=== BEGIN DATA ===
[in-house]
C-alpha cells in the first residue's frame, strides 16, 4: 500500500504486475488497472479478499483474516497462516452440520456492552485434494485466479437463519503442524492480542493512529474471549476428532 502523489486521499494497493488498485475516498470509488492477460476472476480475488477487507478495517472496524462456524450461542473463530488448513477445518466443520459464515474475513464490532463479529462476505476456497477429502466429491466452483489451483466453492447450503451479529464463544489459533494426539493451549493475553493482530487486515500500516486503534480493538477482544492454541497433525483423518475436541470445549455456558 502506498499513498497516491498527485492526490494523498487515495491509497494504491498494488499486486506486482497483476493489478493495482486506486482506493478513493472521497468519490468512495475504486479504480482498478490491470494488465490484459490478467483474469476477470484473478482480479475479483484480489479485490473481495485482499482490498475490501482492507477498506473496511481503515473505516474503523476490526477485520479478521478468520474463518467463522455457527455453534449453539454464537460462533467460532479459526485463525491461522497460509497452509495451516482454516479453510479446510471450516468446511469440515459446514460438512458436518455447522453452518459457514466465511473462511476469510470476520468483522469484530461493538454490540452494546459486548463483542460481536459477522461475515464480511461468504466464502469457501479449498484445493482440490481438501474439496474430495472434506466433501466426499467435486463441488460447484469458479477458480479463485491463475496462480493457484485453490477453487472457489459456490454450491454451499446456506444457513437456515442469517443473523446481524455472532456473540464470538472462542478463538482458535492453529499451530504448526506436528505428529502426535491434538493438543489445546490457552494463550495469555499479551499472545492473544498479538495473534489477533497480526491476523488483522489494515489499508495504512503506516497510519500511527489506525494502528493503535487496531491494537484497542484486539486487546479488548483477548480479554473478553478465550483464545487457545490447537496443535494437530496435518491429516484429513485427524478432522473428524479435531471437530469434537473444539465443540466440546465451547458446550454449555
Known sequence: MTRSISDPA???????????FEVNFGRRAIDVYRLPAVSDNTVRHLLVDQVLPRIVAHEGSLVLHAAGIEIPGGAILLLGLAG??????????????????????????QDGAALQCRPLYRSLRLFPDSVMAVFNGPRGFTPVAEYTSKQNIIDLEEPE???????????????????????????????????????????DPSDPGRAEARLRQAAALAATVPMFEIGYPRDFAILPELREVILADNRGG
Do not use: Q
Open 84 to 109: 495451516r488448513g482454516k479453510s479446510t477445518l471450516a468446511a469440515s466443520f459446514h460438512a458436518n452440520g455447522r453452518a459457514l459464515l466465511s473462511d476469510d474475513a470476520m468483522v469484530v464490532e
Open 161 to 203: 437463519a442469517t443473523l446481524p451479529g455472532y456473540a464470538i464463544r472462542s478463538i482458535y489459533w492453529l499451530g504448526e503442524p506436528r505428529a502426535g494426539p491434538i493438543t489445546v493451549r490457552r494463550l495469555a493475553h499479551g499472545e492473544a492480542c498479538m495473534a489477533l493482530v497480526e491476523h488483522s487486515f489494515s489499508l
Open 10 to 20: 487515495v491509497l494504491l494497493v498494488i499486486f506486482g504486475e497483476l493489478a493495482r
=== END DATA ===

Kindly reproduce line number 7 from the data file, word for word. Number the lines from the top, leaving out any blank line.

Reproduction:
Open 10 to 20: 487515495v491509497l494504491l494497493v498494488i499486486f506486482g504486475e497483476l493489478a493495482r